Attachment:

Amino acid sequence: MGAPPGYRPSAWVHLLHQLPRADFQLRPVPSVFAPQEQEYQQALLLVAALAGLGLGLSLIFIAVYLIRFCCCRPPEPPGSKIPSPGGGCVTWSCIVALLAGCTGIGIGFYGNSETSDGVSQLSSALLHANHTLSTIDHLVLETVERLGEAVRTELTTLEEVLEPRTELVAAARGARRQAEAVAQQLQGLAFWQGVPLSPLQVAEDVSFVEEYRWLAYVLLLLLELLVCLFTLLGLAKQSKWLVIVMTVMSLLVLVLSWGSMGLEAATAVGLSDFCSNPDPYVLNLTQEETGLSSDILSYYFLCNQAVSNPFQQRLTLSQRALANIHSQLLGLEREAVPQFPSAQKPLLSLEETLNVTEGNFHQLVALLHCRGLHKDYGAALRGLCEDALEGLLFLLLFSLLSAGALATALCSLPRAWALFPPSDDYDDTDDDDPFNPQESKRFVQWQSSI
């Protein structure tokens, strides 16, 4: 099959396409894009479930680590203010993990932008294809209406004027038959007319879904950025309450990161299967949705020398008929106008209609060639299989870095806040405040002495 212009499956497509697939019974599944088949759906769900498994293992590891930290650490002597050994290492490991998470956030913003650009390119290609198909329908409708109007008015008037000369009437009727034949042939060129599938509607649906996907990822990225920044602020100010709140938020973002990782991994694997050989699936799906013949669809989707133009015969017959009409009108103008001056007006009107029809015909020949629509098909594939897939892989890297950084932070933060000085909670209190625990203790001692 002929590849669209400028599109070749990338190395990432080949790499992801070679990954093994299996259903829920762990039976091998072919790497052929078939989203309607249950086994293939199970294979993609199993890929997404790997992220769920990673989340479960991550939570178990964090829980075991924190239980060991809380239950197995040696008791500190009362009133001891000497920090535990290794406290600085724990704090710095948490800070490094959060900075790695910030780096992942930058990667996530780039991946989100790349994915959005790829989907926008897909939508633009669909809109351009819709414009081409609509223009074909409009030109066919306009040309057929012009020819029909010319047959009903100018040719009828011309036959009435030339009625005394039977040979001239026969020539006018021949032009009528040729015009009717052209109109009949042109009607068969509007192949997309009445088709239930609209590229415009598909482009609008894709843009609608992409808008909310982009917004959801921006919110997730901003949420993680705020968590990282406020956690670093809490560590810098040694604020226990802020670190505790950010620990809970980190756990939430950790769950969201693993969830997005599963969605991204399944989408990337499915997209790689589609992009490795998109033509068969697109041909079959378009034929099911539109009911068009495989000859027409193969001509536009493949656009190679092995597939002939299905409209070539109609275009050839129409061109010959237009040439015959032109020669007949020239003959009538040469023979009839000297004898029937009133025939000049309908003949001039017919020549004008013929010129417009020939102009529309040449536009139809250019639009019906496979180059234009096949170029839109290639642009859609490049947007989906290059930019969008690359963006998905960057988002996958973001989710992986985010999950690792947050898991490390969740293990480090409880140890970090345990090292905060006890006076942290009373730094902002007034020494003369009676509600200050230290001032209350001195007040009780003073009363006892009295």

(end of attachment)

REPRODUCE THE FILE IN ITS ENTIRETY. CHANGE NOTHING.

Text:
Amino acid sequence: MGAPPGYRPSAWVHLLHQLPRADFQLRPVPSVFAPQEQEYQQALLLVAALAGLGLGLSLIFIAVYLIRFCCCRPPEPPGSKIPSPGGGCVTWSCIVALLAGCTGIGIGFYGNSETSDGVSQLSSALLHANHTLSTIDHLVLETVERLGEAVRTELTTLEEVLEPRTELVAAARGARRQAEAVAQQLQGLAFWQGVPLSPLQVAEDVSFVEEYRWLAYVLLLLLELLVCLFTLLGLAKQSKWLVIVMTVMSLLVLVLSWGSMGLEAATAVGLSDFCSNPDPYVLNLTQEETGLSSDILSYYFLCNQAVSNPFQQRLTLSQRALANIHSQLLGLEREAVPQFPSAQKPLLSLEETLNVTEGNFHQLVALLHCRGLHKDYGAALRGLCEDALEGLLFLLLFSLLSAGALATALCSLPRAWALFPPSDDYDDTDDDDPFNPQESKRFVQWQSSI
């Protein structure tokens, strides 16, 4: 099959396409894009479930680590203010993990932008294809209406004027038959007319879904950025309450990161299967949705020398008929106008209609060639299989870095806040405040002495 212009499956497509697939019974599944088949759906769900498994293992590891930290650490002597050994290492490991998470956030913003650009390119290609198909329908409708109007008015008037000369009437009727034949042939060129599938509607649906996907990822990225920044602020100010709140938020973002990782991994694997050989699936799906013949669809989707133009015969017959009409009108103008001056007006009107029809015909020949629509098909594939897939892989890297950084932070933060000085909670209190625990203790001692 002929590849669209400028599109070749990338190395990432080949790499992801070679990954093994299996259903829920762990039976091998072919790497052929078939989203309607249950086994293939199970294979993609199993890929997404790997992220769920990673989340479960991550939570178990964090829980075991924190239980060991809380239950197995040696008791500190009362009133001891000497920090535990290794406290600085724990704090710095948490800070490094959060900075790695910030780096992942930058990667996530780039991946989100790349994915959005790829989907926008897909939508633009669909809109351009819709414009081409609509223009074909409009030109066919306009040309057929012009020819029909010319047959009903100018040719009828011309036959009435030339009625005394039977040979001239026969020539006018021949032009009528040729015009009717052209109109009949042109009607068969509007192949997309009445088709239930609209590229415009598909482009609008894709843009609608992409808008909310982009917004959801921006919110997730901003949420993680705020968590990282406020956690670093809490560590810098040694604020226990802020670190505790950010620990809970980190756990939430950790769950969201693993969830997005599963969605991204399944989408990337499915997209790689589609992009490795998109033509068969697109041909079959378009034929099911539109009911068009495989000859027409193969001509536009493949656009190679092995597939002939299905409209070539109609275009050839129409061109010959237009040439015959032109020669007949020239003959009538040469023979009839000297004898029937009133025939000049309908003949001039017919020549004008013929010129417009020939102009529309040449536009139809250019639009019906496979180059234009096949170029839109290639642009859609490049947007989906290059930019969008690359963006998905960057988002996958973001989710992986985010999950690792947050898991490390969740293990480090409880140890970090345990090292905060006890006076942290009373730094902002007034020494003369009676509600200050230290001032209350001195007040009780003073009363006892009295």